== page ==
All the Co-pilot
wanted now was to cross that beach and get out over the water. One
problem suddenly appeared - a large dark dome - a pill box on the
coast and Grimes kicked rudder and flew around it. "Got it made"
thought the Co-pilot - when a sudden bright flash filled the
Capt. Charles S.
Cartwright had a problem too - when the troops from the lead element
jumped, he gave the green light and nothing happened. Checked his
instruments, 700 feet indicated, 105 airspeed, but before he could
ask what the problem was, word was relayed from Crew Chief S/Sgt.
Raymond Farris to Navigator Edward Osborne that the Jump Master said
the plane was too low. With no time to argue the point that he was
at the same altitude as the rest of the formation, Charlie
Cartwright, leading the right element of the first nine over DZ "N",
checked for his wingmen and started a right turn to place himself
once more over the DZ. With other aircraft approaching the drop
zone, Charlie turned on his navigation lights, the better to be seen
by the other pilots. This also attracted the gunners on the ground
and they concentrated on this lone bird that had left the flock.
Ground fire was finding the range as Charlie, once again over the DZ
and a hundred feet higher, gave the green light a second time with
the same results_- then discovered the Captain Jump Master at the
cockpit wanting to discuss the problem. Charlie ended the discussion
with "Get the hell out, everyone except your stick has jumped. I'll
make one more pass". The statement and the turn for the third run
was interrupted by direct hits from explosive shells that opened up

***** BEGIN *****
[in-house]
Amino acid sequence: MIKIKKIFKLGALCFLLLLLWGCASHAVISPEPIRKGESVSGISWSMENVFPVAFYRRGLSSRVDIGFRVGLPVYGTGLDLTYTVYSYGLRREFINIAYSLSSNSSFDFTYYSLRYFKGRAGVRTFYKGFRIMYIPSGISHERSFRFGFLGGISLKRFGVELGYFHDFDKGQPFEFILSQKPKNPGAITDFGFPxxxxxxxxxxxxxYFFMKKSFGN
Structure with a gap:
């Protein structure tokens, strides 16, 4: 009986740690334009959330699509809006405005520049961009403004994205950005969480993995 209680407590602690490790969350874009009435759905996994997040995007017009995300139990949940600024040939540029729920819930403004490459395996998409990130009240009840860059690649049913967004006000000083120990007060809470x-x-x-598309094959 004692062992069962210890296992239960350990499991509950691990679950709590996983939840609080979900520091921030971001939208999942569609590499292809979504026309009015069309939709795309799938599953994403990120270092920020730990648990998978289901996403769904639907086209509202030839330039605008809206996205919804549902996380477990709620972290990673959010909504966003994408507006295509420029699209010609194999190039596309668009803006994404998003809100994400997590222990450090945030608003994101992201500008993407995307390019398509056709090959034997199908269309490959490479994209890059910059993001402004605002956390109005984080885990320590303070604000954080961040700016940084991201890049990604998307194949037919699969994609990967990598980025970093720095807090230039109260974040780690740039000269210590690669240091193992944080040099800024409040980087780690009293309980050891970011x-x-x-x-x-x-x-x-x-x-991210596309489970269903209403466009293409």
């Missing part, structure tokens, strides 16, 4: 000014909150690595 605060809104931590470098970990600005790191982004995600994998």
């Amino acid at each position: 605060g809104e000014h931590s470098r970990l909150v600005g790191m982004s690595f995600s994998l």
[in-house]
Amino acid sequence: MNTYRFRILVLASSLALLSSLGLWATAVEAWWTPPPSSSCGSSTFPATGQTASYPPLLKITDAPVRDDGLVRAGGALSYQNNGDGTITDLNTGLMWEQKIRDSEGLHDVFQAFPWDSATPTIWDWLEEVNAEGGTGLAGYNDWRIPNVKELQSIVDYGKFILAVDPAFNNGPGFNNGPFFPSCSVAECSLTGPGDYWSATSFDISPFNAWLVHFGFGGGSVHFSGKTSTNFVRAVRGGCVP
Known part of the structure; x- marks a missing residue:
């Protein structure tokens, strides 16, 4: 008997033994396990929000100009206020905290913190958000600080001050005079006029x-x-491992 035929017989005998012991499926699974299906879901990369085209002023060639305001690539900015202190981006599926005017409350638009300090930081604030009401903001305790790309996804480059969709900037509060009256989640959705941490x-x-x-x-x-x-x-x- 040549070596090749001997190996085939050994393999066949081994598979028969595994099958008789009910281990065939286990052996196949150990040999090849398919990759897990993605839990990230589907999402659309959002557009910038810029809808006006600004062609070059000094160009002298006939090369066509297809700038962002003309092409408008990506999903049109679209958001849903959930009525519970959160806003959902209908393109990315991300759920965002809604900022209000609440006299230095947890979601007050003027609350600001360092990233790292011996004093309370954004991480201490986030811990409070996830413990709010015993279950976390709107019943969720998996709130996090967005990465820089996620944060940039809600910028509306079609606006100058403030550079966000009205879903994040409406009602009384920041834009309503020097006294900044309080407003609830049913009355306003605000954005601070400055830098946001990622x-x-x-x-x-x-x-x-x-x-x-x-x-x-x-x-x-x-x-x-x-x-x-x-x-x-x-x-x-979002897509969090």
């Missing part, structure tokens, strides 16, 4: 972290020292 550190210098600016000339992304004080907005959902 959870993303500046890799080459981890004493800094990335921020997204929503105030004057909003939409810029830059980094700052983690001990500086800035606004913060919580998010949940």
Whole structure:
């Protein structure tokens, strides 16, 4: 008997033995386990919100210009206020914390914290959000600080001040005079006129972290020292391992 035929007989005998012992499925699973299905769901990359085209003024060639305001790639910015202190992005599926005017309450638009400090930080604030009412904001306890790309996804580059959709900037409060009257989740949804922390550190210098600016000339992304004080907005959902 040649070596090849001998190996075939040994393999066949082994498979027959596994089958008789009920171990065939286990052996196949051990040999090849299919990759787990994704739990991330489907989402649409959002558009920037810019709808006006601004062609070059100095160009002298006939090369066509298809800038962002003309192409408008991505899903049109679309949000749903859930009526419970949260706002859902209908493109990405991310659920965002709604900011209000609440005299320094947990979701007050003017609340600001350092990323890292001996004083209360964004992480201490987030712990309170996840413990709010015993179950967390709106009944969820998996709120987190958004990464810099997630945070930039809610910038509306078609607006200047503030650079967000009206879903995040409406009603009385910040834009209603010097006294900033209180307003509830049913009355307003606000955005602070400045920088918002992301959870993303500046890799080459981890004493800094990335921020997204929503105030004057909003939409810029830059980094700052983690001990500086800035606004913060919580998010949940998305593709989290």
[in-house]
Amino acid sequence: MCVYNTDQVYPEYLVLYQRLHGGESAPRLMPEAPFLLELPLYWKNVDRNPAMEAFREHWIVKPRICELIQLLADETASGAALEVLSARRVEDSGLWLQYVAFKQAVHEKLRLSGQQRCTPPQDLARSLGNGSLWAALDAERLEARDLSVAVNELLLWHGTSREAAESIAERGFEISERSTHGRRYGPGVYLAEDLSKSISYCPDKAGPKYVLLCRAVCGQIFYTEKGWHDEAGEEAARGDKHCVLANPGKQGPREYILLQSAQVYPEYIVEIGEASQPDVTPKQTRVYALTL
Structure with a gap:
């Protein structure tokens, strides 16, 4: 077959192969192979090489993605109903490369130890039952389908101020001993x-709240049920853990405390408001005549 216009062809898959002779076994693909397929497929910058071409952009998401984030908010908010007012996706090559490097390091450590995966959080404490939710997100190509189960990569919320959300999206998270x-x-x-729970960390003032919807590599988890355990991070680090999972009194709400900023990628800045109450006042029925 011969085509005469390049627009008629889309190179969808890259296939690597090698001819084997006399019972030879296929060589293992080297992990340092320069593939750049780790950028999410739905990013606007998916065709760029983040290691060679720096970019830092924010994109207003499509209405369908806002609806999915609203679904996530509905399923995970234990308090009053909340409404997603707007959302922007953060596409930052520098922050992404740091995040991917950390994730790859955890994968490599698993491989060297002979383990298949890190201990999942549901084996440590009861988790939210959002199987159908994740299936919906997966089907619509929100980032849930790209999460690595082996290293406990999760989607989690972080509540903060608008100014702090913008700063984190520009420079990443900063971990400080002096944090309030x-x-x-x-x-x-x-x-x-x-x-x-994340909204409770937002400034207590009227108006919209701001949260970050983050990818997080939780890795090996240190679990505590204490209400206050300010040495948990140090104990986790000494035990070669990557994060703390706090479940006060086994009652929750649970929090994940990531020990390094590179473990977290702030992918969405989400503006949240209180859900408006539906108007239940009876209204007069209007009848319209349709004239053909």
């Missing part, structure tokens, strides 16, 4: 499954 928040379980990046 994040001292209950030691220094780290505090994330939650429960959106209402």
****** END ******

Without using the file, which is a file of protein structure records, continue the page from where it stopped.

a hole the size of a bushel basket next to Sgt. Farris and wounding
a paratrooper. Ed Osborne expressed his opinion to the Jump
Master that the plane was going down and the Jump Master made the
decision "high or low - it's time to leave" and led all but the
wounded paratrooper out the door.
concentrated fire, Charlie found himself just south of the DZ and
heading west where he had come from when both engines quit and
caught fire. Making a one-eighty he discovered the coast was too far
away and made another ninety to the right and looked for a field as
the crew members took crash positions - Ed Osborne against the
bulkhead behind the pilot compartment and Ray Farris and Radio
Operator Frank DeLuca in the main cabin against the front bulkhead.
Two crew members, who
by chance had little envolvement [sic] due to their assigned
positions were flight Officer Alma Magleby, Co-pilot - all he
could do was grip the seat and wait in the event Charlie needed
help. The other, Radio Operator Frank DeLuca, oldest member of
the crew, five years more than the pilot and ten years older than
the crew chief, was in tie best spot to see and hear all that
happened. Yet he could do nothing to change the events that were
threatening his life.
Wheels up, Charlie
Cartwright was about to test the skills that had been drummed into
him from the early days of Primary Flight training, and ahead were
no large open spaces - only small fields with the hedgerows of
Normandy. He picked one and it was too close; the next was too far
but the best choice as Charlie stretched the glide, hit the hedge,
and dropped gently on the other side in a ball of fire.
Before Charlie had
started the third pass at the DZ, Grimes and the Co-pilot had lost
their night vision. The Co-pilot, not knowing the condition of
Grimes, grabbed the controls and pulled for altitude. As their
vision returned, Grimes and the Co-pilot looked at each other and
asked if the other was alright. Satisfied that Grimes was not
injured, the Co-pilot relaxed his grip on the controls, placed his
hands in his lap and found a small knob. He wondered what this was
from and then realized that it was off the altimeter. Looked to his
left at the hole in front of Grimes and discovered there was no
altimeter. Checking the rest of the instruments, he found only that
one tackometer [sic] was out and that all engine instruments were
indicating normal operation. No problem, half the fuel remained and
a shorter route to Saltby and lots of airfields in between if any
tank is leaking.